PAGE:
* Your pleasures count for no more, and no less, than anyone else's.
* Utilitarian deliberations are (in this way) "impartial".
* Indeed, utilitarianism is radically impartial in this respect. Those affected need not even be people; they need only be "sentient beings" (that is, anything capable of experiencing pleasure or pain). All else equal, a dog's pleasure counts as much as yours.
e. The actual (or "objective") rightness of an act is determined by what actually happens.
* In this respect, utilitarianism is radically future-oriented, BUT
* Since an agent can't know in advance what will happen as a result of what she does (the "objectively good"), she must choose on some other basis (for example, follow the strategy that seems most likely to generate the right act).
* Utilitarians often call acts so chosen "subjectively right".
* The common view among utilitarians seems to be that the subjectively right act maximizes "expectable utility", in other words, Uo x Po [(the utility of the outcome) x (the probability of that outcome)].
f. Classical utilitarianism differs from other moral theories primarily in what it omits rather than in what it includes.
* Some of the other moral theories are utilitarian (but not classical utilitarian). They offer more inclusive theories of the good (for example, counting goods like beauty or justice as independent of happiness or pleasure).
* Others moral theories are non-utilitarian but still teleological. They understand the good as a certain state of affairs is independent of the right, but do not define right acts as whatever achieves the good.
For example: Virtue theory defines the right as acting according to virtue (but then preserves it teleological credentials by defining virtue as a disposition to act in ways tending, in the long run at least, to achieve the good).
1. Identify all courses of action open to you.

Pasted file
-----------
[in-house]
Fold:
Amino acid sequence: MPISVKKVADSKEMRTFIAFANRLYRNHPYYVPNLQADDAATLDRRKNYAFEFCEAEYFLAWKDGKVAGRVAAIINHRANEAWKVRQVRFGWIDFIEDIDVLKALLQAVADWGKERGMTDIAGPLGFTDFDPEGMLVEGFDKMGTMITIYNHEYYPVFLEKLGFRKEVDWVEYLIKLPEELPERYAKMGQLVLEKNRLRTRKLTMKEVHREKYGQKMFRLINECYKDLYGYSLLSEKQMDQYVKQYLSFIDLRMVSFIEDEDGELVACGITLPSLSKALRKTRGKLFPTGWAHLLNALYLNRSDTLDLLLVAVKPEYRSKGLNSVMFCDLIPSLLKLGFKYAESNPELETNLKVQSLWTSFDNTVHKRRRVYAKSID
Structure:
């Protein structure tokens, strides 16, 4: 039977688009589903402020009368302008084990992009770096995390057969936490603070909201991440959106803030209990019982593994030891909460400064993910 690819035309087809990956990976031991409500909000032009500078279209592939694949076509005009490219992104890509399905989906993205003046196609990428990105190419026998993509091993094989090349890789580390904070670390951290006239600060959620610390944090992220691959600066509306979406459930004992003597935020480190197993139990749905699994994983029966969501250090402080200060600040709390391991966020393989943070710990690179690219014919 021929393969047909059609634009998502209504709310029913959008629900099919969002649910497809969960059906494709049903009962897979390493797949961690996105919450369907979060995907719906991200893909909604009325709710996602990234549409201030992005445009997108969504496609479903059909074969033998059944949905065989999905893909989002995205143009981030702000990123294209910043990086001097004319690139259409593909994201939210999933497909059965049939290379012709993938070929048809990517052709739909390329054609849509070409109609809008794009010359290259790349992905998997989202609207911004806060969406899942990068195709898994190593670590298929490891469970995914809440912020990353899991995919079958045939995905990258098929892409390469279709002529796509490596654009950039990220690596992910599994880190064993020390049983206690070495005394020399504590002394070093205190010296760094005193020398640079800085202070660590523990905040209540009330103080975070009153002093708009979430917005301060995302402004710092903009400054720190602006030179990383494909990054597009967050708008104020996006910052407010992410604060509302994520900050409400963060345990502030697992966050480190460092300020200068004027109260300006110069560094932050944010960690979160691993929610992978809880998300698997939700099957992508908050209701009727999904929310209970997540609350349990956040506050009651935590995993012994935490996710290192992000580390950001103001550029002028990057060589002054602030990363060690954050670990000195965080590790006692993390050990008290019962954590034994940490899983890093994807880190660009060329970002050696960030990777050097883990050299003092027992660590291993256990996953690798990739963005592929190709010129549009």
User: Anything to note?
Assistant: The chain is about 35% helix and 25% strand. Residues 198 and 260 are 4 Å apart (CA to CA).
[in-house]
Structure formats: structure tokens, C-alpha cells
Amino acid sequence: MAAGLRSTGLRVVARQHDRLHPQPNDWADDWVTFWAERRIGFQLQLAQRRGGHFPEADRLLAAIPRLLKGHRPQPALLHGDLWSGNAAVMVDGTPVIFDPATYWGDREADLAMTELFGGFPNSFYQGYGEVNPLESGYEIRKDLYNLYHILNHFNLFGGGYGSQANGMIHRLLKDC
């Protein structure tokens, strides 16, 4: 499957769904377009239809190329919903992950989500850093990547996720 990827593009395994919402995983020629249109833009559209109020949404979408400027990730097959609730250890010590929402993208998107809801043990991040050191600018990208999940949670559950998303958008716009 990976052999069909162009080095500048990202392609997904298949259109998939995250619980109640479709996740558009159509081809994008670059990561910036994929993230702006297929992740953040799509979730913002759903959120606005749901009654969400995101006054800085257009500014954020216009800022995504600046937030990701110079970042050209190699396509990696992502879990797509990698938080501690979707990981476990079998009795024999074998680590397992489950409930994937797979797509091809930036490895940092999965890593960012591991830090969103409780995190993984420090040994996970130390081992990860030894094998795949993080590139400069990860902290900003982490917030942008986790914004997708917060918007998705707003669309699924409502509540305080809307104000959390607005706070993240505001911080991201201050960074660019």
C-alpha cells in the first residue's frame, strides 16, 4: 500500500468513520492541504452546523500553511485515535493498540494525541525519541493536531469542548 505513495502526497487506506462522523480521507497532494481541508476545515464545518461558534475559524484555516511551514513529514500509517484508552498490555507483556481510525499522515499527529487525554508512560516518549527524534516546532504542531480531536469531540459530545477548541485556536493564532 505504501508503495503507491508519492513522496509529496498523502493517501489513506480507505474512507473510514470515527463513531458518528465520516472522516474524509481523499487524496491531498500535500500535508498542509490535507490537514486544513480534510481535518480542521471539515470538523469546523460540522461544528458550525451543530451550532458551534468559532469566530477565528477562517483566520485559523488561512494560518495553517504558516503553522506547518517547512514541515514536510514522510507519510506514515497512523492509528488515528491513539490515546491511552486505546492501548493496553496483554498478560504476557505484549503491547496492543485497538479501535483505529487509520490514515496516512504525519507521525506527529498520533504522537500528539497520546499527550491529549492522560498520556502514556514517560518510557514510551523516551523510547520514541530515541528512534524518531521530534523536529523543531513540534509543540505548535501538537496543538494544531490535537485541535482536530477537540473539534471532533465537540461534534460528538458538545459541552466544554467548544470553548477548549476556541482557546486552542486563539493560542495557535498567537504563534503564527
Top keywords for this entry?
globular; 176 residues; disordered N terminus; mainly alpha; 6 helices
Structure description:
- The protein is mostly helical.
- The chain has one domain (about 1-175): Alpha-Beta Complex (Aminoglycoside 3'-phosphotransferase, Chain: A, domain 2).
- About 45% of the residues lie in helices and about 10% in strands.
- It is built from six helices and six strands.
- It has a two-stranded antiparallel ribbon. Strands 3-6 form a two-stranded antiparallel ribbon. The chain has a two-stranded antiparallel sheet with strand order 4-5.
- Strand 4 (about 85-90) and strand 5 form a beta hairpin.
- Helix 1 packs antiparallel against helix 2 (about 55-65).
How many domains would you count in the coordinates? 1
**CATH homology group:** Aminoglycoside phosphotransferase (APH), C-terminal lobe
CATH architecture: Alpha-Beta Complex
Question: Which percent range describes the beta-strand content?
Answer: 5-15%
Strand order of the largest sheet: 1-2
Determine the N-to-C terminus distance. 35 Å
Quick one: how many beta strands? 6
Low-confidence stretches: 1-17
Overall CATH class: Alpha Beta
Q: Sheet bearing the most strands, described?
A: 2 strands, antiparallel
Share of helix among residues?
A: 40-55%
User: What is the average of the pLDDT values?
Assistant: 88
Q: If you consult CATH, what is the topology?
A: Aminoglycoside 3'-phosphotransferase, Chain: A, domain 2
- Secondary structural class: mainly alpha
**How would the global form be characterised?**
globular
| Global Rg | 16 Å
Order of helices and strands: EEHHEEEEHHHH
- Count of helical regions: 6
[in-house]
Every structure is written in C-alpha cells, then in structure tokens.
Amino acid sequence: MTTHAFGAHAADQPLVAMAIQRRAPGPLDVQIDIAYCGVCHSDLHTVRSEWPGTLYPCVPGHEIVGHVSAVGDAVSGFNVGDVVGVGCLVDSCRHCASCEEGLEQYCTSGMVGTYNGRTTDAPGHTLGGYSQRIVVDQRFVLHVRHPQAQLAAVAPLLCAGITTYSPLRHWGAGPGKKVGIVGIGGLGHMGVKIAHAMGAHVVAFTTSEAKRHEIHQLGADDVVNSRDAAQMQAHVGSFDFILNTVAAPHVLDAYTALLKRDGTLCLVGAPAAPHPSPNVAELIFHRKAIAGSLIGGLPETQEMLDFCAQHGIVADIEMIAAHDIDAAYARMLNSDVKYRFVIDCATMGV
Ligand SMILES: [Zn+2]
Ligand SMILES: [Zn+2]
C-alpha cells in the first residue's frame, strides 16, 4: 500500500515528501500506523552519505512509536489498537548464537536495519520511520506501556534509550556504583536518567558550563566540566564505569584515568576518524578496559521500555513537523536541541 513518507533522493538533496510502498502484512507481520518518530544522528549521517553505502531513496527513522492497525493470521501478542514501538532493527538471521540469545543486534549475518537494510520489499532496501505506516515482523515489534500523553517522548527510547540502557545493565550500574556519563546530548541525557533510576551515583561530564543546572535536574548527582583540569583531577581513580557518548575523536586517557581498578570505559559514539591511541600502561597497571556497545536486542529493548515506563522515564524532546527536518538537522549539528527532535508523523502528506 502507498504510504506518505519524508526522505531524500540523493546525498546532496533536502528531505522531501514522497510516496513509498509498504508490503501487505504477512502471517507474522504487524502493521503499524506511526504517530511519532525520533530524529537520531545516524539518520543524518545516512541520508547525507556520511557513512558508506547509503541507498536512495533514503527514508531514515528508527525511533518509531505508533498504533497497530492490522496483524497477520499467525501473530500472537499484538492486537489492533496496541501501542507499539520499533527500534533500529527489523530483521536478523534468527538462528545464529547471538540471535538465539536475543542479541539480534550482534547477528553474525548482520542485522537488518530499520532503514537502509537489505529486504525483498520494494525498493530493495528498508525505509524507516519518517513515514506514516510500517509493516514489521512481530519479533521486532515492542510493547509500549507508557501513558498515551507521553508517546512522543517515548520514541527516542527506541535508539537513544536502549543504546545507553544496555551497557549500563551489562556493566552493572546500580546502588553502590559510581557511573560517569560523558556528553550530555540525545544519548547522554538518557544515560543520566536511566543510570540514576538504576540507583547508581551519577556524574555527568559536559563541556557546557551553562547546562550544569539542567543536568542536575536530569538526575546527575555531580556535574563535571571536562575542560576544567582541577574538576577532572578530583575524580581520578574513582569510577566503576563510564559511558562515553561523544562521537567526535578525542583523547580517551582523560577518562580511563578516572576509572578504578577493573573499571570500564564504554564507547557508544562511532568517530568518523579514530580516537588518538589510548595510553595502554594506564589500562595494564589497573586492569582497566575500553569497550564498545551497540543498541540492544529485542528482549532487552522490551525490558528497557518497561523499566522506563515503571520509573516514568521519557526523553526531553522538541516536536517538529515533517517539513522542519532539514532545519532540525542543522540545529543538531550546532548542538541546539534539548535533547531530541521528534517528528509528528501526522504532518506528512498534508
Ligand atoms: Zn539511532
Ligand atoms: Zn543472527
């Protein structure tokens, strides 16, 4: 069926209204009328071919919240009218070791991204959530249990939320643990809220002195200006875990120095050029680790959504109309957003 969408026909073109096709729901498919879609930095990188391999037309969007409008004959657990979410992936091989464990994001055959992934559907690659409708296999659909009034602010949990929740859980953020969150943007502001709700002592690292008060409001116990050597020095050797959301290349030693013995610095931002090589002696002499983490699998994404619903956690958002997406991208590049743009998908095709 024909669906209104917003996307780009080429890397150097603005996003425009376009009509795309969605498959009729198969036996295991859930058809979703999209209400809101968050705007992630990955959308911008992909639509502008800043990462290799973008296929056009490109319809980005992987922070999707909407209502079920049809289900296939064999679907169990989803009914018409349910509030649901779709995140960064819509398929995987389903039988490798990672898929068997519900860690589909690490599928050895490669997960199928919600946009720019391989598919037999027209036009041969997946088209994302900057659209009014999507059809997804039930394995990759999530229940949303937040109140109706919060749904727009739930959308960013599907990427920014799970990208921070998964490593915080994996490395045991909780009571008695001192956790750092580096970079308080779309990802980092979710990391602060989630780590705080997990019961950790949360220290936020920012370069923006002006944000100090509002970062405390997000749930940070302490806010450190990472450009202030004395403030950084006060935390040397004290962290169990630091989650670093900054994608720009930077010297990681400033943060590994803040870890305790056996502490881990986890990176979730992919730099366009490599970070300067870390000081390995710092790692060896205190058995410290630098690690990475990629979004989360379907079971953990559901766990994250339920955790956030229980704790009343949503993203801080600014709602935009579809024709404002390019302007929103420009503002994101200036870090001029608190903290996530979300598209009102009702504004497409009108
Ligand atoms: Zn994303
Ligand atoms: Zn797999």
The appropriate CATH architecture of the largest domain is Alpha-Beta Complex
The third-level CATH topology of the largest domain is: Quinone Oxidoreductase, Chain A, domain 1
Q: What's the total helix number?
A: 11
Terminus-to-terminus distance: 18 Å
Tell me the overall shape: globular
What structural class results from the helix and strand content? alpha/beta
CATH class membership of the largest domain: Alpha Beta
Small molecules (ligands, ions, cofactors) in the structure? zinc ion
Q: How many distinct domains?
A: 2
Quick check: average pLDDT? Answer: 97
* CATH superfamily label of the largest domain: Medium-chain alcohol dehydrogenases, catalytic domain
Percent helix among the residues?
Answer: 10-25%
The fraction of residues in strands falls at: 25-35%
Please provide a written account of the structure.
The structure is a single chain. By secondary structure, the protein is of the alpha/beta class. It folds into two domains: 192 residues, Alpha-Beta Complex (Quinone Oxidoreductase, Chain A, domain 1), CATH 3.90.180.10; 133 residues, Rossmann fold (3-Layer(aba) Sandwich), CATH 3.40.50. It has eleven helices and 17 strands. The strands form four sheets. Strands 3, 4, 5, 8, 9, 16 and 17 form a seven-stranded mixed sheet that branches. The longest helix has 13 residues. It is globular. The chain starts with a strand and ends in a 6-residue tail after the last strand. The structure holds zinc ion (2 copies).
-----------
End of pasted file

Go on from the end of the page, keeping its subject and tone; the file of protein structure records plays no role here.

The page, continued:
2. For each course of action, identify parties affected.
3. For each party, identify contribution of each course of action to that person's net happiness. [Generally, these first three steps must be carried out more or less together.]
4. Ignoring all other considerations, compare courses of action, taking account of the number of persons affected and how each is affected but not who is affected.
5. Choose that course of action most likely to maximize overall happiness.
Rachels, James. Elements of Moral Philosophy. 4th ed. Boston: McGraw-Hill, 2003. pp. 96-121 (Utilitarianism)
This book is an extremely good introduction to major moral concepts and theories. In this section, the author gives a very succinct and clear description of the theory of Utilitarianism, its history, and examples of the practical approach Utilitarianism provides in two case studies. The second section looks at some of the arguments against this theory, and some ways in which classic Utilitarianism can be revised to satisfactorily answer them.
Optional Further Reading:
Mills, John Stuart. Utilitarianism, 1863.
An online copy of this work is available through the Project Gutenberg website at http://www.gutenberg.org/etext/11224.
Handout from 2001 EAC Workshop, copyright Michael Davis, Illinois Institute of Technology.